Amidst chanting and handmade protest signs, Rawaa Elhanafy made her point clear: “From the land to the sea, Palestine Will Be Free.”
Rawaa, a third-year Pharmacy student, was one of the organisers of the Dunedin March for Palestine. She and hundreds of others marched down George Street on Saturday, May 22, to express their solidarity with Palestine. “This is not a war; this is a genocide,” said Rawaa. She emphasised that “it is not a conflict”, because the strength and funds between the two sides are totally different.
She said that the support from Dunedin’s local community has been incredible and heartwarming, but more voices are needed.
“The support that we have gotten from over the past two rallies was flattering, but the fight must continue. As we have seen in the past, a ceasefire is not the answer. One thing we could learn from the past 73 years is that the only person I believe that could make a change is God. I pray to God everyday and wish that one day my family and I could see the unification of my Motherland,” said Rawaa.
Rawaafirst arrived in Christchurch in September 2009 with her family. She said that following the news from afar has affected her mental health. “I could not bring myself to class. Assignments started to pile up, but here I am, worried about my grandparents and cousins in Gaza. It has been confusing and tiring. I didn’t want to be around people, I just wanted to be by myself,” she said.
“Every time this happens, it always makes me angry. It makes me feel suffocated. Yes, being in New Zealand, Alhamdulillah [Praise to God] we are safe but watching the news from here makes me feel angry and scared.”
“I might sound selfish but I wish I was back in Palestine with my bigger family and friends. At least we can all go through the hardship together. Nothing is worse than being happy here in New Zealand when you know that your own people are suffering back home. If I look away, that is called privilege,” said Rawaa.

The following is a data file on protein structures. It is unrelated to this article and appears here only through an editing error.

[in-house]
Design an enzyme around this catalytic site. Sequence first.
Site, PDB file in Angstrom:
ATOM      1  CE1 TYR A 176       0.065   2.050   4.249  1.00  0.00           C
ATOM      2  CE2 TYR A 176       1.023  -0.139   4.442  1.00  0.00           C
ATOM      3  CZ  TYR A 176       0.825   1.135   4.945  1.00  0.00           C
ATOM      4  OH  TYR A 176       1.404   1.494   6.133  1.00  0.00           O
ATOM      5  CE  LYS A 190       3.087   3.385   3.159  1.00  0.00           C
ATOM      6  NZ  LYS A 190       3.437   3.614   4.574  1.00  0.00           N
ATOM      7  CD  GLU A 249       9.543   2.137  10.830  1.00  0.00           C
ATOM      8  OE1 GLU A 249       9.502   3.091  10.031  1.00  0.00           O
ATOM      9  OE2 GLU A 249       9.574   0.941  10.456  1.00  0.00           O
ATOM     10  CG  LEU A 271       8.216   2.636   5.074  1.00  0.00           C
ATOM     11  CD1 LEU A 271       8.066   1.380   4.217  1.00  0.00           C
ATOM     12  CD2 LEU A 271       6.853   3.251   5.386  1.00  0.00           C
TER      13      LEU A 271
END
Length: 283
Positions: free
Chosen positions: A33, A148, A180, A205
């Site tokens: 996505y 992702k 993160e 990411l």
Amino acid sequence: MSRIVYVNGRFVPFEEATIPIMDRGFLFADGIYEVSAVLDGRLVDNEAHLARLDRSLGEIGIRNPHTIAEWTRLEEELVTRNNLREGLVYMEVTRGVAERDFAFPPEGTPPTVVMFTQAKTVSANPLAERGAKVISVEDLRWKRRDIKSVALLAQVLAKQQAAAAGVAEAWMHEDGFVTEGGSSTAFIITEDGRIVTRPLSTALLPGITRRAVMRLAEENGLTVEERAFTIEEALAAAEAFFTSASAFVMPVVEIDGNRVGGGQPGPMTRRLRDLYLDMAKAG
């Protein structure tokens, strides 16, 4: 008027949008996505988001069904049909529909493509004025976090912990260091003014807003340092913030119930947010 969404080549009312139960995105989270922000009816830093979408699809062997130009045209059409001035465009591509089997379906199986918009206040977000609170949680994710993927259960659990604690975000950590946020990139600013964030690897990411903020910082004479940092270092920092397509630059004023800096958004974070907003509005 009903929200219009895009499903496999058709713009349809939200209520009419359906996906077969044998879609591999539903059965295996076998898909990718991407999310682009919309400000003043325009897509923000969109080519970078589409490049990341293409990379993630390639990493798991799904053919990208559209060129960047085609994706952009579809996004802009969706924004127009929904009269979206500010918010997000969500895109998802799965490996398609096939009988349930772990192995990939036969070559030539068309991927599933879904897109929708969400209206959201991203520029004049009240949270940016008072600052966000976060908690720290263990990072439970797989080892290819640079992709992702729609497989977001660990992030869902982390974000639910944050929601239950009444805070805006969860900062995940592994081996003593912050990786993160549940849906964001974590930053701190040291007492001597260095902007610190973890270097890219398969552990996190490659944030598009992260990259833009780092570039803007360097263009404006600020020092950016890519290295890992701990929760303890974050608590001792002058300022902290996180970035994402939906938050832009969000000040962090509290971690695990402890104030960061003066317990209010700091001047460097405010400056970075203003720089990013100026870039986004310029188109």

The recent unrest began during the last ten days of Ramadan last month when Israeli police in the city blocked off the Damascus Gate, a popular gathering place for Arabs during Ramadan. Jewish settlers tried to evict longtime Arab residents of Sheikh Jarrah, an Arab neighborhood of East Jerusalem. Israeli police raided the al-Aqsa Mosque, Jerusalem’s holiest site for Muslims, located on the Temple Mount, which is also the most sacred place in the world for Jews.
Hamas, Palestinian militants, fired hundreds of rockets in response to Israeli attacks. The Israeli military, with far more resources than the Palestinian, has launched hundreds of airstrikes and amassed thousands of troops and reservists along the border.
The unrest ended in a ceasefire on Friday May 21. 248 Palestinians were killed, including 66 children and scores of fighters. More than 1,900 were wounded in Gaza. In Israel, 12 people, including one soldier and two children, were killed by Hamas.
“Palestinians have a right to self-defense against Israelis,” Rawaa said.
Some believe that this is a religious matter, but for Rawaa, this is not about inciting hate between religions. “I am not here to start a religious war. There are Palestinian Muslims and Christians that stay and live together on occupied land. Both face the same atrocity from the Israeli government. Not all Muslims are terrorists, and not all Jews are Zionists. There are many Jews that have publicly spoken out about Israel’s wrong-doings.”
Social media has played a huge role in spreading the news from Gaza. Hashtags such as #FreePalestine and #SaveSheikhJarrah have flooded social media with information and ways to help.
From the writer,